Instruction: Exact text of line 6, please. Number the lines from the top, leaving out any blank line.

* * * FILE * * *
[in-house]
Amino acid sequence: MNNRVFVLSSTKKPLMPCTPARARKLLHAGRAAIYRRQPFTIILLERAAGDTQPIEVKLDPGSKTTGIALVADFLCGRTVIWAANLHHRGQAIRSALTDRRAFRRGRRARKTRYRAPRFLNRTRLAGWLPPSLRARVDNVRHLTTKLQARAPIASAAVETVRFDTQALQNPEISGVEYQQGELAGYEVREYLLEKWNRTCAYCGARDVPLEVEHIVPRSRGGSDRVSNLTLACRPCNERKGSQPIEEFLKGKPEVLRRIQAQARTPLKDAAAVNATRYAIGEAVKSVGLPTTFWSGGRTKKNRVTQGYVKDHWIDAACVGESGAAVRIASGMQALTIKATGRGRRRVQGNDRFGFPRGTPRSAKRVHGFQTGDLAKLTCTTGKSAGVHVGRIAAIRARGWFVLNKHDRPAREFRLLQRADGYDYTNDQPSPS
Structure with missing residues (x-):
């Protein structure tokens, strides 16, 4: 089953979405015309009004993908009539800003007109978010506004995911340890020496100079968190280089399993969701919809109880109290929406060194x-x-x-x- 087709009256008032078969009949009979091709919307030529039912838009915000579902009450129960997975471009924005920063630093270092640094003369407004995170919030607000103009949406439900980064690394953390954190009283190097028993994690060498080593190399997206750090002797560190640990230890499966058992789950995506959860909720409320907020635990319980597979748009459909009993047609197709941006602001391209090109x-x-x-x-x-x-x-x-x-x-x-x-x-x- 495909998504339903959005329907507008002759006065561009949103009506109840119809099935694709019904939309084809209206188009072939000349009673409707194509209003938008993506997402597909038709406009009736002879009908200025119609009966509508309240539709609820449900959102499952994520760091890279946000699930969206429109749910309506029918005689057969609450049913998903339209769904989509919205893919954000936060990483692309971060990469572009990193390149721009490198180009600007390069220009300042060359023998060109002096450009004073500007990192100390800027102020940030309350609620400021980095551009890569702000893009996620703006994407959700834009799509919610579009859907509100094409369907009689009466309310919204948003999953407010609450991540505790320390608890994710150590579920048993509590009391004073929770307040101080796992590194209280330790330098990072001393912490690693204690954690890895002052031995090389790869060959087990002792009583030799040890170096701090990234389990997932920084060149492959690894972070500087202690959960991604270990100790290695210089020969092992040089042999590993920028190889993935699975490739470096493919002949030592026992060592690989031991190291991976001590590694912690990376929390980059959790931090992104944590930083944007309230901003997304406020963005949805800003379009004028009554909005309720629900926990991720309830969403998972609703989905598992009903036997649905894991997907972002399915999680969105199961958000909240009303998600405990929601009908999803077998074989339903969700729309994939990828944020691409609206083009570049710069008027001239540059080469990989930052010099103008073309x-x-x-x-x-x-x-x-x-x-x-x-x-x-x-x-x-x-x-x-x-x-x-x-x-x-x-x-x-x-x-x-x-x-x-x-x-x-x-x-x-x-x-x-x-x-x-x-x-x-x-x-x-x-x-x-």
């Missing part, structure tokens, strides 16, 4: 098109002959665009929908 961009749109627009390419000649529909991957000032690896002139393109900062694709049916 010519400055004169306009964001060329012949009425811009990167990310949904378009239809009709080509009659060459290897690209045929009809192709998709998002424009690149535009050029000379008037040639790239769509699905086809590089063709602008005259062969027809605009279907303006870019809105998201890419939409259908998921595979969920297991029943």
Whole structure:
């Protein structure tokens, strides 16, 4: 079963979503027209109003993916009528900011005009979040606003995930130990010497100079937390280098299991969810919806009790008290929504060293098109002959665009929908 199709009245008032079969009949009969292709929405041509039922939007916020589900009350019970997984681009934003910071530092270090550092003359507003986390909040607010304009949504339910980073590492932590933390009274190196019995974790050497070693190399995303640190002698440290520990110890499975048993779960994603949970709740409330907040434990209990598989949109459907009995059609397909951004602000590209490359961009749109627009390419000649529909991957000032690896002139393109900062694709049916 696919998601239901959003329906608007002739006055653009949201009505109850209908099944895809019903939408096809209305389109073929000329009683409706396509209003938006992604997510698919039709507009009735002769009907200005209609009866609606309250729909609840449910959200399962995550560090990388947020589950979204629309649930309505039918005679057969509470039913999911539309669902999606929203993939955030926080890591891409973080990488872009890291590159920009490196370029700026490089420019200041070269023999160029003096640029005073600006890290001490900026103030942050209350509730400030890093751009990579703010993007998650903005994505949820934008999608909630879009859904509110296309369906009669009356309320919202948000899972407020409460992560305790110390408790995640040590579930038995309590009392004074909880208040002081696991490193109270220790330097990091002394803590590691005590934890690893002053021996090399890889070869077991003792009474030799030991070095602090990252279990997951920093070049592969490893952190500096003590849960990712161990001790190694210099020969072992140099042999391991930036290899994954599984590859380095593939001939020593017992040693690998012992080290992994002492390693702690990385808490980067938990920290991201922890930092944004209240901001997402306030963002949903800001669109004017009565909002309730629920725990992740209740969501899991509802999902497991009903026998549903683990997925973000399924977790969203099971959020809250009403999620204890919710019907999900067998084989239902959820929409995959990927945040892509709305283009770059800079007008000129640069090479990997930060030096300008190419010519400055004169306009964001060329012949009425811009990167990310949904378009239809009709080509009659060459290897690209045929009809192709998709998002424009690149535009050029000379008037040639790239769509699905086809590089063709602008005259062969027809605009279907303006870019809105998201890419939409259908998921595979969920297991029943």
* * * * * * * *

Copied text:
Whole structure: